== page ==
efore meeting at the Royal College of Art in London,Sophie Goldhill had a job at Foster + Partners, while David Liddicoat lived in Berlin, working for Studio Daniel Liebeskind. Their student union spawned the purchase of a sliver of London land, a marriage, and a professional partnership as Liddicoat & Goldhill
. They then set about building themselves a small house. Very small. Before they came along, the 50th of an acre had hosted a one-car garage, actually a converted power substation. They subsequently had to buy a strip of the neighbor’s garden to get enough space for a second bedroom of a comfortable size, and even so, Liddicoat explains, they had to think “on a Japanese scale” to squeeze everything into the 860 square feet now permitted.
As general contractor, Liddicoat and Goldhill also counted on doing some of the interior framing with their own hands. Joists over the kitchen, dining area, and bedrooms—glue-lam larch, limed to avoid eventual yellowing—bear witness to the couple’s efforts. So do the kitchen, bathroom, and powder room’s cabinetry in white-lacquered MDF.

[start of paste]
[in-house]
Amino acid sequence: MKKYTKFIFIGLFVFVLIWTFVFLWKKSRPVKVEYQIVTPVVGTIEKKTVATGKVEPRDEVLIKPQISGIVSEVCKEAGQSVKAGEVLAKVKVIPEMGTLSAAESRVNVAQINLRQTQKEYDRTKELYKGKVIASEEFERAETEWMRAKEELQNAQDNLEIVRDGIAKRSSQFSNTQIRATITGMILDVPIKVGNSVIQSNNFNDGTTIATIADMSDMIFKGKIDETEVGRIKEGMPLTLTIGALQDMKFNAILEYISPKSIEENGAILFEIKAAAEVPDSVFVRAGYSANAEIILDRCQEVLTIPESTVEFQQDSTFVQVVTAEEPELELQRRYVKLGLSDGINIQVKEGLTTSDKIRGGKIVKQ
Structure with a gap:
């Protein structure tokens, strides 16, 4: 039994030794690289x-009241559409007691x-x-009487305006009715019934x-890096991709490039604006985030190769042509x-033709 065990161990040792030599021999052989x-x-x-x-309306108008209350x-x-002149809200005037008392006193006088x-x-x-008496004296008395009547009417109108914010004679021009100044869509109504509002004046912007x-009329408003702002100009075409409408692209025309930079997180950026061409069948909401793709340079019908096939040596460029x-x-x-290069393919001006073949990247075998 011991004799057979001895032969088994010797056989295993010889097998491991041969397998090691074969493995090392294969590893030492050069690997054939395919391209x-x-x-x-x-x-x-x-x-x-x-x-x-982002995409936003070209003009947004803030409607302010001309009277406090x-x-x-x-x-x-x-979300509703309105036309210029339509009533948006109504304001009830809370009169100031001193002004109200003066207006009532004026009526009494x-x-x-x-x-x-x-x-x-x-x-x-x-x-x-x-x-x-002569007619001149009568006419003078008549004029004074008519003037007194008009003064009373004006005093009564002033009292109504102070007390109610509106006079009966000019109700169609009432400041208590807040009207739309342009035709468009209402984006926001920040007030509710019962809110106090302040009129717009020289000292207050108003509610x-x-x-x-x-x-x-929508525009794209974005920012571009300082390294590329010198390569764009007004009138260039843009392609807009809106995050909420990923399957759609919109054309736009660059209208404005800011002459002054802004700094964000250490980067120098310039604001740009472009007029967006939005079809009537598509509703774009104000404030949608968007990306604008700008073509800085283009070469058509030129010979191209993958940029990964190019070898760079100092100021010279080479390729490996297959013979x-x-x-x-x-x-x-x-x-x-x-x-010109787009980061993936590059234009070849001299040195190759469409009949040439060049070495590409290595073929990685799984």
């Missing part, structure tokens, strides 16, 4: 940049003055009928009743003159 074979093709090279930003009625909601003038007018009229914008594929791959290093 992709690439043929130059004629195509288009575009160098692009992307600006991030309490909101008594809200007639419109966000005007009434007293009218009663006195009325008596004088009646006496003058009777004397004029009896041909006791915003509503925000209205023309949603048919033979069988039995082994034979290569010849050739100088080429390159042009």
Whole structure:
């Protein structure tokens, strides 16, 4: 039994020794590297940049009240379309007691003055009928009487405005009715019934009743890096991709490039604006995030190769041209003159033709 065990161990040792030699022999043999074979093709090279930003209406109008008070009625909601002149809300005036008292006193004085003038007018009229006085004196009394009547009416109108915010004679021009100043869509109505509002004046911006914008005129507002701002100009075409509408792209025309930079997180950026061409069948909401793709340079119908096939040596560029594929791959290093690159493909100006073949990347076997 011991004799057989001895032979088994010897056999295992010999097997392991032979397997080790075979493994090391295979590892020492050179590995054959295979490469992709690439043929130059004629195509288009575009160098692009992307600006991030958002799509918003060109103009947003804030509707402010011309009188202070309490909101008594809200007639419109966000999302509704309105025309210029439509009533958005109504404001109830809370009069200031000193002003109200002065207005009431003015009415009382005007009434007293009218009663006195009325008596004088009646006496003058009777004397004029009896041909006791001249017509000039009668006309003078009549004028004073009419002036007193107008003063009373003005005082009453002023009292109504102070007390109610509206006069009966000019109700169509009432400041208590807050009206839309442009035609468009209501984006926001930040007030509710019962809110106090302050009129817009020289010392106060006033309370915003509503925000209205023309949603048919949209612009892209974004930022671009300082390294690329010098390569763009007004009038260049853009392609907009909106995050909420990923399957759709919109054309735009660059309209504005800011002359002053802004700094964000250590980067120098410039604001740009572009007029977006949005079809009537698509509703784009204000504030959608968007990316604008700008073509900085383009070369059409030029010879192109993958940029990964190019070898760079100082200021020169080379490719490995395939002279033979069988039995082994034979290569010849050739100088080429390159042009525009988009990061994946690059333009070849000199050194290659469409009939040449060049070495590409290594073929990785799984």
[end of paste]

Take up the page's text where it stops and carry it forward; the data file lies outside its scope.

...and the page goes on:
White lacquer offers a striking contrast with the black- glazed brick walls in those spaces. The brick is the same as the house’s exterior—chosen on the recommendation of local planners and the area’s conservation officer to help the newcomer fit into its Victorian neighborhood. An industrial import not usually used residentially, it sells by the truckload, hence the availability of extras.
Ever economical, Liddicoat and Goldhill similarly found outdoor and indoor applications for a more luxe material, gray-veined white statuary marble. “We went for the loudest patterning,” Liddicoat says. Book matched slabs enliven the front facade. In the bathroom, the marble tops the tub surround. In the powder room, there’s marble lining the floor and even the niche for the toilet paper.